Sparks at Manchester Albert Hall

“Sparks is an American pop and rock duo” (Wiki). No, Sparks are probably the most innovative, inventive, imaginative, exciting rock/pop/electronic/dance/synth/orchestral/classical/punk/eclectic/odd-ball duo/band you’re ever likely to come across and, despite having formed in 1971 and having released 25 albums since, in 2022 are right at the top of their game. So tonight in Manchester was never going to be anything less than superb. By the end of the show even ‘superb’ didn’t seem to do them justice. Yes, two recently released films – The Sparks Brothers (a look at their entire history) and Annette, starring Adam Driver, for which Sparks wrote the soundtrack – have led to an upsurge of interest and brought in new fans both young and old but these alone could never account for the atmosphere in Manchester’s Albert Hall and a reception given to the Mael brothers that, by the looks on their faces, they certainly weren’t expecting.

‘So May We Start’, from Annette, opens the show to a rapturous response from the crowd and from this moment on we’re treated to live show unlikely to be rivalled for a long time to come. With a huge back catalogue it can’t be easy choosing what to play and Sparks have little need to rely on their big ‘hits’. Despite their advancing years the energy emitted from the Mael brothers never diminishes. With the exception of a couple of songs Russell, whose voice is as good now as it was all those years ago, is rarely still, dancing round the stage, arms waving, clapping, pointing, pausing only to introduce the next number or to tell short anecdotes. Ron, nowadays with pencil moustache, sits behind his keyboards and gives us that trademark stare although there’s a mischievous glint in his eyes and the occasional twitch of his mouth into almost a smile.

It’s a set spanning their 50+ years of existence and a crowd that appreciates every moment. ‘Wonder Girl’ – the first song from their first album back in 1971, ‘Get In The Swing’, ‘Under The table With Her’, the glorious ‘Never Turn Your Back On Mother Earth’ all highlights from their early years. Irresistible dance grooves throb throughout ‘Music You Can Dance To’ and the huge ‘Number One Song In Heaven’ – cheekily started by Ron for just a few seconds before ‘My Baby’s Taking Me Home’ takes over but then immediately played in it’s synth pop splendour. Of course ‘Number One Song..’ sees Ron leave his keyboards, stand centre stage, dance in a way only Ron can, then return to his seat as though nothing had happened. Russell sings to himself in a mirror for ‘I Married Myself’ and Ron shares the vocals for ‘Shopping Mall Of Love’. The venue erupts into movement throughout the poignant ‘When Do I Get To Sing My Way’ and faces fill with joy as people sing along to ‘Johnny Delusional’ from when Sparks teamed up with Franz Ferdinand to form FFS. This tour was originally planned to coincide with the 2020 release ‘A Steady Drip, Drip, Drip’, an album that hit the UK top 10 and saw Sparks heaped with critical acclaim. Yet tonight sees them play just 3 songs from it with ‘Stravinsky’s Only Hit’ and ‘Lawnmower’ featuring in the main set.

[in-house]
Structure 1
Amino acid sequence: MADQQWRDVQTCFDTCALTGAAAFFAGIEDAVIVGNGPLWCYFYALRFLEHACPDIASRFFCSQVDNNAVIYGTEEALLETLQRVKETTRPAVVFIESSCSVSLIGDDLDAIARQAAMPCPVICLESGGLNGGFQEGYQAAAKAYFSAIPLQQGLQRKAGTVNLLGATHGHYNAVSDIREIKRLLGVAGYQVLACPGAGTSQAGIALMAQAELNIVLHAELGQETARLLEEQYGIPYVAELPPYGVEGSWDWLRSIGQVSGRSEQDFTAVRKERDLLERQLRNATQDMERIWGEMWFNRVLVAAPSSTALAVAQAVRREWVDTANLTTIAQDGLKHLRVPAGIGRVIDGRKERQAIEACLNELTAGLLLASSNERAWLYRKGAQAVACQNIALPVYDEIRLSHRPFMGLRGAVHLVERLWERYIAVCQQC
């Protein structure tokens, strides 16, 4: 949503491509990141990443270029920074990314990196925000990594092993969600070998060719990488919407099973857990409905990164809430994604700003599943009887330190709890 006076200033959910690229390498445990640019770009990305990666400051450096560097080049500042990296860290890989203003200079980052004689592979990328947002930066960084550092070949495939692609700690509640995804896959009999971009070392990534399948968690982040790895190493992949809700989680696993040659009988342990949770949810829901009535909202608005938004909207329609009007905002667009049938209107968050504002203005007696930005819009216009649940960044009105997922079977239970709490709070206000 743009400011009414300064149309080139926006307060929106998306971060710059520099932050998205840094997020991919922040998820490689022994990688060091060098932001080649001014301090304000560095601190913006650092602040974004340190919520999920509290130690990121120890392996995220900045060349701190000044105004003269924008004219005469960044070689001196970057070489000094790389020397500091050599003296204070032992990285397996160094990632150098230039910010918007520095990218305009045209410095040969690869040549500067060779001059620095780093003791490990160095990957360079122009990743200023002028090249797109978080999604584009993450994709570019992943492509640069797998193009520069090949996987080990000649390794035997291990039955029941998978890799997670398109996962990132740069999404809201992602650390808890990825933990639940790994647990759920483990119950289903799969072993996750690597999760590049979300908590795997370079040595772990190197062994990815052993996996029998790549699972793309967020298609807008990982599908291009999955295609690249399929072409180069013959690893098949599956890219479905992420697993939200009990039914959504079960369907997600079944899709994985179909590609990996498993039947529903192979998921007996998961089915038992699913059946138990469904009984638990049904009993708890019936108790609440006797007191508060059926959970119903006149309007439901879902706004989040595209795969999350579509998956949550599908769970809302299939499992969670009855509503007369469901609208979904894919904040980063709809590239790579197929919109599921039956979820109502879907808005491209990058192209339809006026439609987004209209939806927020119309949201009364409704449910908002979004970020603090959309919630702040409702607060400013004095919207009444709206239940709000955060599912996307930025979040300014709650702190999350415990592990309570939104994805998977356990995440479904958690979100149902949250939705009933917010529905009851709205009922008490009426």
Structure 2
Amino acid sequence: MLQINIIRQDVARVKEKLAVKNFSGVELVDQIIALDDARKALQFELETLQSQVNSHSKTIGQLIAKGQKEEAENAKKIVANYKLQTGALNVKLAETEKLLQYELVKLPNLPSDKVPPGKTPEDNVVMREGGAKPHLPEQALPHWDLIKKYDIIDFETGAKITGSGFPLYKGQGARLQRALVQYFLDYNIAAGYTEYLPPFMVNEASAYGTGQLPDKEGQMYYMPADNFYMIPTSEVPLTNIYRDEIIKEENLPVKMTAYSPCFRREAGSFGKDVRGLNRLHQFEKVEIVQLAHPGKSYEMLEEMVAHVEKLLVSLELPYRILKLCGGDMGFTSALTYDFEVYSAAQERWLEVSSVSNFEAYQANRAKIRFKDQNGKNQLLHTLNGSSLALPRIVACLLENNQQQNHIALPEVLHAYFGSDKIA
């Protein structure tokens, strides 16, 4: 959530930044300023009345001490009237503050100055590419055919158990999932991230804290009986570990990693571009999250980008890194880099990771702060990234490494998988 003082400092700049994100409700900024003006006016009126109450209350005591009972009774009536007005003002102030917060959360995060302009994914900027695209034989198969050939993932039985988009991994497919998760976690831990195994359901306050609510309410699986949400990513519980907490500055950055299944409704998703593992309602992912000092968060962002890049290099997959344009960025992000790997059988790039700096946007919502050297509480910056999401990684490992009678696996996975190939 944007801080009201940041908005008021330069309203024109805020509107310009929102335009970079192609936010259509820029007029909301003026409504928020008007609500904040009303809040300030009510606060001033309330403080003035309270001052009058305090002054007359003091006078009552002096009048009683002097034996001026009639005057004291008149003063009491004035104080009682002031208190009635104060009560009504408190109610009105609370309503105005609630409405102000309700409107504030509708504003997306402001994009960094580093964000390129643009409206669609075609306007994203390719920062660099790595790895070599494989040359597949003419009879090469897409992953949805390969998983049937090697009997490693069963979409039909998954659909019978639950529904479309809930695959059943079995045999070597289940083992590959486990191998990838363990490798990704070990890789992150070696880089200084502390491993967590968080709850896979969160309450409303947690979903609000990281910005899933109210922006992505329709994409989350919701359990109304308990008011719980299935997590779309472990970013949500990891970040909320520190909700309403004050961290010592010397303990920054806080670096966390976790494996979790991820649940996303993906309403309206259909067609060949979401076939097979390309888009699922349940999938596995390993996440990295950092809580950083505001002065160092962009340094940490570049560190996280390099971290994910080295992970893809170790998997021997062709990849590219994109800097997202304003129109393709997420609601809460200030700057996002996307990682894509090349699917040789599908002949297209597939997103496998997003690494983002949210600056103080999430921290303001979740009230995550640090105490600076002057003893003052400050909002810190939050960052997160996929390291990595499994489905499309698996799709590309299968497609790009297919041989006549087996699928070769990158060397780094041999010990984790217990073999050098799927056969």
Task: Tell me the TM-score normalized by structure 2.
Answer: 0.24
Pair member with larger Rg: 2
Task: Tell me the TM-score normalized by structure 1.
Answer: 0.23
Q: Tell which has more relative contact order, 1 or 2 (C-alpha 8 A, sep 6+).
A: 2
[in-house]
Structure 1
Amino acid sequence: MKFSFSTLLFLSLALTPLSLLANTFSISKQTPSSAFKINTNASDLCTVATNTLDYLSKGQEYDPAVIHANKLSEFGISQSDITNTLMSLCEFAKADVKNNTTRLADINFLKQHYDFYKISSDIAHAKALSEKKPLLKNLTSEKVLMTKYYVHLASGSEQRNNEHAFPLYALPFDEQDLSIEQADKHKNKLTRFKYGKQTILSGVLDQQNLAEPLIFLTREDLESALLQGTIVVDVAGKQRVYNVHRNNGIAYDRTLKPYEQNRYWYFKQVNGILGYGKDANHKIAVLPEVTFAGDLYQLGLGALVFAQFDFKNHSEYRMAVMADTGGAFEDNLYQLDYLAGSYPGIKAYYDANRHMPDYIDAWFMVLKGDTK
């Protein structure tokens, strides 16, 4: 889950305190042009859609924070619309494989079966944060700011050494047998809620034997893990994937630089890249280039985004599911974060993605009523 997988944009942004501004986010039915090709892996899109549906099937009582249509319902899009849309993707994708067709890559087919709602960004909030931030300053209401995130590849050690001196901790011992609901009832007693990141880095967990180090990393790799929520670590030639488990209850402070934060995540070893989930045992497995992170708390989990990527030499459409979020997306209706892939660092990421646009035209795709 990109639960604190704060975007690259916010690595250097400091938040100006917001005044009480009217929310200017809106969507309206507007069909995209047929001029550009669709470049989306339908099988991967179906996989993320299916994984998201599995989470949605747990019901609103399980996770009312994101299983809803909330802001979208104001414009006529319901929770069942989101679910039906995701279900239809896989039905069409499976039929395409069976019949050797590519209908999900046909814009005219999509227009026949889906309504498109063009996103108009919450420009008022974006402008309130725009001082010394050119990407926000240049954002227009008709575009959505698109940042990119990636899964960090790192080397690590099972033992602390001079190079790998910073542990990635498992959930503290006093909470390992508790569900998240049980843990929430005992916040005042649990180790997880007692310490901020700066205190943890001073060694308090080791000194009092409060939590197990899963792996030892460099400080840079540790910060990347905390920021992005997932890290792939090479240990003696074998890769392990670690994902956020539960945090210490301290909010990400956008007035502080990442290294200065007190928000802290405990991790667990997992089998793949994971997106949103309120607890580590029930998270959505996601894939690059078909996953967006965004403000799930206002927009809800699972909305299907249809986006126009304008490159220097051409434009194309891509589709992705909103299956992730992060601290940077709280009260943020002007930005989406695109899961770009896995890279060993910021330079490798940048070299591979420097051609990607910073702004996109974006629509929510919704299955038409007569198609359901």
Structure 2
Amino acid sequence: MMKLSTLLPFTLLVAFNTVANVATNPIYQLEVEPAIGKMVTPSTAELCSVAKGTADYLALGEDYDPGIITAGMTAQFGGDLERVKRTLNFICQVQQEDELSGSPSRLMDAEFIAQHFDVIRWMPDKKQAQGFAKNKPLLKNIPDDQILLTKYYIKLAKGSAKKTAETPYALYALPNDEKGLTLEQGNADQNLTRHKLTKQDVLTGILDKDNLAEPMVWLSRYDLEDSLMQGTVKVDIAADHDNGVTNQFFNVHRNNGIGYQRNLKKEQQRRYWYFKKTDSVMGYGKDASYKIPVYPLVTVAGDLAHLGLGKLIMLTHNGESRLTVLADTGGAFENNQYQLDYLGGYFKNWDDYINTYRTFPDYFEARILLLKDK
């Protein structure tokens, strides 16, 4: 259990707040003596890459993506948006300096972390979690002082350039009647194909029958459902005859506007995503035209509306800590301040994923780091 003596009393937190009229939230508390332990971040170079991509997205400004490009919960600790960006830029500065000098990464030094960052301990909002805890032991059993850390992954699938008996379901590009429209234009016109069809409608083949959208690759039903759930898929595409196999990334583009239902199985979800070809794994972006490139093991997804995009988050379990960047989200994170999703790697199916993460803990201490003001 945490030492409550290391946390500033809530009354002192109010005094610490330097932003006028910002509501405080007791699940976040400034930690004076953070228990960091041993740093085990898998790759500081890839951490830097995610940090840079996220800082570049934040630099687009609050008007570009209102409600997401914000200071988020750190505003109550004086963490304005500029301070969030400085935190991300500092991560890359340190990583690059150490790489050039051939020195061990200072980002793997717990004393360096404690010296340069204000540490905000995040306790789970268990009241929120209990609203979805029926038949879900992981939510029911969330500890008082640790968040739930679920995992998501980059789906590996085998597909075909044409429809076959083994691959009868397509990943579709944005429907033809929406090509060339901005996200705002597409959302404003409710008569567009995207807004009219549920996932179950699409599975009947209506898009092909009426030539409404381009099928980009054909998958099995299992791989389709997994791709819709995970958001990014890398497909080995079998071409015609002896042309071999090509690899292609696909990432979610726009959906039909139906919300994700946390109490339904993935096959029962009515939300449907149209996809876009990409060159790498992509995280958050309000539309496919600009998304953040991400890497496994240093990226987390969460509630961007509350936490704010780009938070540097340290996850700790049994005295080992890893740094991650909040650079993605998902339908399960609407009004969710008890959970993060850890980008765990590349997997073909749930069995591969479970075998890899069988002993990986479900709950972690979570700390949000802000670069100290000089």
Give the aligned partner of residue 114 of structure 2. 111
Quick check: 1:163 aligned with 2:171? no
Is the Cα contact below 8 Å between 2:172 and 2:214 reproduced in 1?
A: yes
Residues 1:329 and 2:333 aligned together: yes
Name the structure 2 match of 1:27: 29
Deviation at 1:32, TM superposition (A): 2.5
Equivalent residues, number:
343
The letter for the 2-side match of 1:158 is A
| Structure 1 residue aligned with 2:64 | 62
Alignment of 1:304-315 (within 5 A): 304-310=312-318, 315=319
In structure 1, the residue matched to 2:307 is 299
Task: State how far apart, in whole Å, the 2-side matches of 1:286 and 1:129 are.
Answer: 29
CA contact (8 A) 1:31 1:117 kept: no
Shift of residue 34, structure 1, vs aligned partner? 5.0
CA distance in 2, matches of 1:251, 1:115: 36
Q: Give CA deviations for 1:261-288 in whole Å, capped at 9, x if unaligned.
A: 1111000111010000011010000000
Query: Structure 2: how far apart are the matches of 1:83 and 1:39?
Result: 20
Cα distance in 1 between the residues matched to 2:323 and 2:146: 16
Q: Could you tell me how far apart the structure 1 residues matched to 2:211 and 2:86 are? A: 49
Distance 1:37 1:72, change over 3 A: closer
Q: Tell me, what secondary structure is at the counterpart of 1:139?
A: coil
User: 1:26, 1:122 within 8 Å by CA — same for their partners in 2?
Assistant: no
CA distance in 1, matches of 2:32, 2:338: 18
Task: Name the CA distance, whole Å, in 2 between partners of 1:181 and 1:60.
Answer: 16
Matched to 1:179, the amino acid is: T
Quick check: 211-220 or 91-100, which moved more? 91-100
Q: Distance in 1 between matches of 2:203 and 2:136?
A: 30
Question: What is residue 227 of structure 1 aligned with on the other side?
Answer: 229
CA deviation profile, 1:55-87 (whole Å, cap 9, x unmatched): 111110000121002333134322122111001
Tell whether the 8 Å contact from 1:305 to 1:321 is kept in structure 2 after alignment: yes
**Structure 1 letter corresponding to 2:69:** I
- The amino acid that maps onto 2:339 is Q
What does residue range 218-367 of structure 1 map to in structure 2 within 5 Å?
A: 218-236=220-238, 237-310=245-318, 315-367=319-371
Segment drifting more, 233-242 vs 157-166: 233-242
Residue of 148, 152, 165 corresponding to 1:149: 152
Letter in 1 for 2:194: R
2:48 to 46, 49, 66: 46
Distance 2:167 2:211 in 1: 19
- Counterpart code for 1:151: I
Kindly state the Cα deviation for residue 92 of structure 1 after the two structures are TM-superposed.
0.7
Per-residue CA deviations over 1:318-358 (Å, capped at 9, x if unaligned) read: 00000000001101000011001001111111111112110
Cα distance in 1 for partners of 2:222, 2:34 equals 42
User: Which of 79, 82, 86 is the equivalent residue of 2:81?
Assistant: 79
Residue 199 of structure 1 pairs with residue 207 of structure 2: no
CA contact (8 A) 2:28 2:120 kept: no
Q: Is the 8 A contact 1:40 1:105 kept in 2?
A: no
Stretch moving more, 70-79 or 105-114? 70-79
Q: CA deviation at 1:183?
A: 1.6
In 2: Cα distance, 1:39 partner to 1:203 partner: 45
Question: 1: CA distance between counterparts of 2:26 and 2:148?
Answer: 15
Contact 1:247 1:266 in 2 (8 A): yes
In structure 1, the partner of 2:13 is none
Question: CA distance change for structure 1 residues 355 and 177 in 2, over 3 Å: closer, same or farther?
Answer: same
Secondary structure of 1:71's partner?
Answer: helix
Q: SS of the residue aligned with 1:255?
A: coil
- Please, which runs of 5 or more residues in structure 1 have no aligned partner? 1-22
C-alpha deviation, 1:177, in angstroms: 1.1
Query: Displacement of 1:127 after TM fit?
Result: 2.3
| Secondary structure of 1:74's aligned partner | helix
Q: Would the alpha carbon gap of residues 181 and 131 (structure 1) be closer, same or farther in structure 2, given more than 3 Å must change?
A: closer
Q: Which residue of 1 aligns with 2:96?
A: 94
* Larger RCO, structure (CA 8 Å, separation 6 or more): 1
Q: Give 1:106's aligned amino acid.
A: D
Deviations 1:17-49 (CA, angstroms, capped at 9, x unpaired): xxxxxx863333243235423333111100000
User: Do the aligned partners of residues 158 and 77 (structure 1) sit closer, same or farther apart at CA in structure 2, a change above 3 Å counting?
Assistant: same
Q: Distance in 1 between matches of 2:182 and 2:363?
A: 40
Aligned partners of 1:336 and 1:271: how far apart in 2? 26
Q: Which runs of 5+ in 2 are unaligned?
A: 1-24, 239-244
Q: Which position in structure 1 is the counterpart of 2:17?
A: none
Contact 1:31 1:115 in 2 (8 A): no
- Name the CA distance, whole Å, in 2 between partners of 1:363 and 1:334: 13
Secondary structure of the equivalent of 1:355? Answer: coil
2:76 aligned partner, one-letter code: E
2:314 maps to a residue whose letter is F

Sparks fans, whether they’ve followed the brothers for 50 years or for just the last 12 months, appreciate what they’re witnessing. They dance, they clap, they chant Ron’s name at every opportunity, their love for this band and the atmosphere they generate draws you in completely and, unlike at most gigs, there’s not a single person trying to hold a conversation with the mate they’re stood next to. All are transfixed by the modest duo on stage playing songs only they know how to produce.
By the time the main set closes with ‘This Town Ain’t Big Enough For The Both Of Us’ the whole place has erupted, arms aloft, swept up and engulfed completely in a concert we’ve waited two years to see.
They return for an encore of just two songs. ‘Suburban Homeboy’ is followed by a rousing ‘All That’, a song written before the shitstorm that was 2020 and beyond but which could have been written bang in the middle of a pandemic that had people wondering where the world was heading – “All the smiles and all the frowns, all the ups and all the downs”.

For whatever reasons – the two year wait, the return for many to live music, the relief that things might just return to some sort of normal – tonight was a masterpiece, a perfect example of what a concert should be and how you should feel when it’s over. And I’m certain both Ron and Russell Mael knew this as well. It takes them an age to leave the stage, standing as they do in almost complete disbelief at the response they’ve received on their return to Manchester. Always full of fresh ideas, always pushing boundaries, always full of wit and charm, the icing on the cake comes when they announce that they’re already working on a new album.

So May We Start
Angst In My Pants
Tips For Teens
Under The Table with Her
Get In The Swing
I Married Myself
I Predict
Wonder Girl
Stravinsky’s Only Hit
Shopping Mall Of Love
Johnny Delusional
We Love Each Other So Much
Edith Piaf (Said It Better Than Me)
Music That You Can Dance To
The Rhythm Thief
Never Turn Your Back On Mother Earth
When Do I Get To Sing My Way
My Baby’s Taking Me Home
The Number One Song In Heaven
This Town Ain’t Big Enough

Suburban Homeboy
All That

Words and Photos by Steve White 



Philip Goddard

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